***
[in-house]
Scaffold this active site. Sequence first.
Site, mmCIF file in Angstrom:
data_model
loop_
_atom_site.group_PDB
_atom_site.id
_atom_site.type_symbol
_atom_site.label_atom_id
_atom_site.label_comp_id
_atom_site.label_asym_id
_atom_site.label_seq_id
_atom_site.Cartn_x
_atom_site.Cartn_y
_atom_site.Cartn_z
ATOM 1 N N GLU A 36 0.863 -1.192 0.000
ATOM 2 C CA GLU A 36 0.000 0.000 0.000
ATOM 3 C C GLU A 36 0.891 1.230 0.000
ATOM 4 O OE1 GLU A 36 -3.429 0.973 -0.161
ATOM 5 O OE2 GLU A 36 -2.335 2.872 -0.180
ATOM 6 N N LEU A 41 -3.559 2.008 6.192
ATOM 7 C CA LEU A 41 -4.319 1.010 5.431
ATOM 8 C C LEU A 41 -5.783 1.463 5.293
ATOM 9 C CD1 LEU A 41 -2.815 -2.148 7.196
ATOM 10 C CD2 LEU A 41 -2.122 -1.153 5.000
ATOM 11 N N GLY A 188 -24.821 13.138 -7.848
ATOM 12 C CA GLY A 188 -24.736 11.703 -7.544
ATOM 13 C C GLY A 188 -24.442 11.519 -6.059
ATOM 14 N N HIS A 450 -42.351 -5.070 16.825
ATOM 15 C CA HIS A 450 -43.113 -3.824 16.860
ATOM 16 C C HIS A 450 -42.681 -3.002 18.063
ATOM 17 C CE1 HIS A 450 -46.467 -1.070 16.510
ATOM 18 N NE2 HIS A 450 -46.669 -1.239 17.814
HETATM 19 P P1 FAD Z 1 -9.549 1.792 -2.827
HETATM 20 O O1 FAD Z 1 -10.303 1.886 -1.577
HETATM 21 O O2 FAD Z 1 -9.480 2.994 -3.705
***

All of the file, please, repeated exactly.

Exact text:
[in-house]
Scaffold this active site. Sequence first.
Site, mmCIF file in Angstrom:
data_model
loop_
_atom_site.group_PDB
_atom_site.id
_atom_site.type_symbol
_atom_site.label_atom_id
_atom_site.label_comp_id
_atom_site.label_asym_id
_atom_site.label_seq_id
_atom_site.Cartn_x
_atom_site.Cartn_y
_atom_site.Cartn_z
ATOM 1 N N GLU A 36 0.863 -1.192 0.000
ATOM 2 C CA GLU A 36 0.000 0.000 0.000
ATOM 3 C C GLU A 36 0.891 1.230 0.000
ATOM 4 O OE1 GLU A 36 -3.429 0.973 -0.161
ATOM 5 O OE2 GLU A 36 -2.335 2.872 -0.180
ATOM 6 N N LEU A 41 -3.559 2.008 6.192
ATOM 7 C CA LEU A 41 -4.319 1.010 5.431
ATOM 8 C C LEU A 41 -5.783 1.463 5.293
ATOM 9 C CD1 LEU A 41 -2.815 -2.148 7.196
ATOM 10 C CD2 LEU A 41 -2.122 -1.153 5.000
ATOM 11 N N GLY A 188 -24.821 13.138 -7.848
ATOM 12 C CA GLY A 188 -24.736 11.703 -7.544
ATOM 13 C C GLY A 188 -24.442 11.519 -6.059
ATOM 14 N N HIS A 450 -42.351 -5.070 16.825
ATOM 15 C CA HIS A 450 -43.113 -3.824 16.860
ATOM 16 C C HIS A 450 -42.681 -3.002 18.063
ATOM 17 C CE1 HIS A 450 -46.467 -1.070 16.510
ATOM 18 N NE2 HIS A 450 -46.669 -1.239 17.814
HETATM 19 P P1 FAD Z 1 -9.549 1.792 -2.827
HETATM 20 O O1 FAD Z 1 -10.303 1.886 -1.577
HETATM 21 O O2 FAD Z 1 -9.480 2.994 -3.705